Structural characterization of TRIM family proteins
Skorupka, Katarzyna, Biophysics - School of Medicine, University of Virginia
Pornillos, Owen, MD-Mphy Mole Phys & Biophysics, University of Virginia
TRIM proteins are E3 ubiquitin ligases that participate in many cellular processes and signaling pathways, such as immune system response. Several TRIM proteins were shown to form antiparallel coiled-coil dimers which position catalytic RING domains on the opposite sides of an elongated rod. As RING dimerization is necessary for its enzymatic activity, higher-order oligomerization is an attractive model for RING activation. In this dissertation, I present structural studies of two members of the TRIM superfamily.
TRIM5α is a restriction factor that leads to premature disassembly of the HIV-1 capsid at a post-entry but pre-integration step. The ubiquitination activity was linked to aborted reverse transcription of retroviral RNA. Despite multiple studies, understanding the mechanism of capsid recognition has remained incomplete. By cryo-electron tomographic reconstructions and subtomogram averaging I show how TRIM5α interacts with HIV-1 CA tubes that mimic the HIV-1 capsid. This work defines the spatial organization of the TRIM5α domains within a full-length protein, consistent with the models predicted from crystal structures of individual domains. Results further show that TRIM5α forms a continuous cage around the CA tubes. In contrast to models proposed before, the capsid-like tubes are not destabilized upon TRIM5α binding as no apparent discontinuities in the CA lattice were observed. I suggest that additional events are necessary to trigger capsid dissociation. I also show that the SPRY domains interact with the capsid lattice in a degenerate manner, probably binding different interfaces. These studies provide new insights into retroviral capsid recognition that is the first step in species-specific restriction by TRIM5α.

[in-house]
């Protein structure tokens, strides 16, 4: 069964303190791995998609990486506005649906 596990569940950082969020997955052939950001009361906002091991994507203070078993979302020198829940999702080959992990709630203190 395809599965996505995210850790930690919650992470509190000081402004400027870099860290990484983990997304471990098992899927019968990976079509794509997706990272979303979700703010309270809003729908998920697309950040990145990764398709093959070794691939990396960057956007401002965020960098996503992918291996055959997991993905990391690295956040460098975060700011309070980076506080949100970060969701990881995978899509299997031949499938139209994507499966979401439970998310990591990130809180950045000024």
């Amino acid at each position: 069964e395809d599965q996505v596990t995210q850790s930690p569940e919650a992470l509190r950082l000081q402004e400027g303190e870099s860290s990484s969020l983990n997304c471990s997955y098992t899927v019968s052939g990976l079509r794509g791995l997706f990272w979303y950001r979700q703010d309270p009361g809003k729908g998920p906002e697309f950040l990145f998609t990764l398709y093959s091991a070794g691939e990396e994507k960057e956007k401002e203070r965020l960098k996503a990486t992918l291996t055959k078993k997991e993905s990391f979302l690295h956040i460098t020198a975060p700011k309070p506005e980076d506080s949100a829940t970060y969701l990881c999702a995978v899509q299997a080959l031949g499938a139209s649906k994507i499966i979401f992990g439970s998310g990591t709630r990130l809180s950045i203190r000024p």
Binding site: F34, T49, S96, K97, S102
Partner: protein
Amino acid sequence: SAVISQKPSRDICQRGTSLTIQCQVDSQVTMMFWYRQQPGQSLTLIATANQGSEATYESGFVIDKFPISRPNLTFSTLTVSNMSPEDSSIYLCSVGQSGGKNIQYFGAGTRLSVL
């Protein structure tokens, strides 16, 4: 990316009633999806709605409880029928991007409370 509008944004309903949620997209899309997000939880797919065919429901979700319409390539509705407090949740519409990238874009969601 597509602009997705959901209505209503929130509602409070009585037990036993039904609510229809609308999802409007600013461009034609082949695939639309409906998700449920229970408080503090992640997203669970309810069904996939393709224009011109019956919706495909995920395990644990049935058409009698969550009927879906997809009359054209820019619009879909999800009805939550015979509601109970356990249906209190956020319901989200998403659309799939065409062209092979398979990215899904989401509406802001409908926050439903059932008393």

TRIM63 is a protein that is upregulated in response to atrophic stimuli and is responsible for muscle catabolism mediated by the proteasome system. I analyze the self-assembly properties of TRIM63 by cross-linking probing and DEER-EPR. Results show that contrary to previously published work, TRIM63 dimerizes in an antiparallel orientation, consistent with other characterized members of the TRIM family. Similar to TRIM5α, TRIM63 may also require higher-order self-assembly architectures for its catalytic activity. Such a mechanism of E3 ligase activation may be conserved across the entire TRIM family.
PHD (Doctor of Philosophy)
TRIM5, HIV-1, capsid recognition